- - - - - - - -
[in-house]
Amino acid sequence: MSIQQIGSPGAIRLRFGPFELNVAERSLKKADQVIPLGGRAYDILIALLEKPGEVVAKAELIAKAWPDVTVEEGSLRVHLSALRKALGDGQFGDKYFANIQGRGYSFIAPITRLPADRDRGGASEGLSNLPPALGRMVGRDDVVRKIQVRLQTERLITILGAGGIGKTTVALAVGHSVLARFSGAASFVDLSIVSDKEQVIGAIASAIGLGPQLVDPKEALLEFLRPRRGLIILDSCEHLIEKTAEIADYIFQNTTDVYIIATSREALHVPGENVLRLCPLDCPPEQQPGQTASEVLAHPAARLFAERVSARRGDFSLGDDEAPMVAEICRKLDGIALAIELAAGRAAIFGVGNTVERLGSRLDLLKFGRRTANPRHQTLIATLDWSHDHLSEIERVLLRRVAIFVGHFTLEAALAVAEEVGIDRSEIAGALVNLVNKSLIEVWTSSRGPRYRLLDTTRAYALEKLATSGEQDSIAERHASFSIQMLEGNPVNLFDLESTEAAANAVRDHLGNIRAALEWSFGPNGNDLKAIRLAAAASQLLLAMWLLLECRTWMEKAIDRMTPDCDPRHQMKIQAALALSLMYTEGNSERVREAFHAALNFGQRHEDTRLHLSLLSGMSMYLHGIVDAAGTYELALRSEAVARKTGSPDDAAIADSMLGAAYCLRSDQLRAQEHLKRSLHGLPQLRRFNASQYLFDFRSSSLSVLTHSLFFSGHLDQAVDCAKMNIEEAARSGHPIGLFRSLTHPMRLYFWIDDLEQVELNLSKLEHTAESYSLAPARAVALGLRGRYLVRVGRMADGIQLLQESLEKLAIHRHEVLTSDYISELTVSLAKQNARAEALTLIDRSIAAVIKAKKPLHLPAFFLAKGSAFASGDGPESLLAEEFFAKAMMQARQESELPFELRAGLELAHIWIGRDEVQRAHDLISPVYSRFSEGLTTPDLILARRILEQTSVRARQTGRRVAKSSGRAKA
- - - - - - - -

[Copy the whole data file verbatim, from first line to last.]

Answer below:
[in-house]
Amino acid sequence: MSIQQIGSPGAIRLRFGPFELNVAERSLKKADQVIPLGGRAYDILIALLEKPGEVVAKAELIAKAWPDVTVEEGSLRVHLSALRKALGDGQFGDKYFANIQGRGYSFIAPITRLPADRDRGGASEGLSNLPPALGRMVGRDDVVRKIQVRLQTERLITILGAGGIGKTTVALAVGHSVLARFSGAASFVDLSIVSDKEQVIGAIASAIGLGPQLVDPKEALLEFLRPRRGLIILDSCEHLIEKTAEIADYIFQNTTDVYIIATSREALHVPGENVLRLCPLDCPPEQQPGQTASEVLAHPAARLFAERVSARRGDFSLGDDEAPMVAEICRKLDGIALAIELAAGRAAIFGVGNTVERLGSRLDLLKFGRRTANPRHQTLIATLDWSHDHLSEIERVLLRRVAIFVGHFTLEAALAVAEEVGIDRSEIAGALVNLVNKSLIEVWTSSRGPRYRLLDTTRAYALEKLATSGEQDSIAERHASFSIQMLEGNPVNLFDLESTEAAANAVRDHLGNIRAALEWSFGPNGNDLKAIRLAAAASQLLLAMWLLLECRTWMEKAIDRMTPDCDPRHQMKIQAALALSLMYTEGNSERVREAFHAALNFGQRHEDTRLHLSLLSGMSMYLHGIVDAAGTYELALRSEAVARKTGSPDDAAIADSMLGAAYCLRSDQLRAQEHLKRSLHGLPQLRRFNASQYLFDFRSSSLSVLTHSLFFSGHLDQAVDCAKMNIEEAARSGHPIGLFRSLTHPMRLYFWIDDLEQVELNLSKLEHTAESYSLAPARAVALGLRGRYLVRVGRMADGIQLLQESLEKLAIHRHEVLTSDYISELTVSLAKQNARAEALTLIDRSIAAVIKAKKPLHLPAFFLAKGSAFASGDGPESLLAEEFFAKAMMQARQESELPFELRAGLELAHIWIGRDEVQRAHDLISPVYSRFSEGLTTPDLILARRILEQTSVRARQTGRRVAKSSGRAKA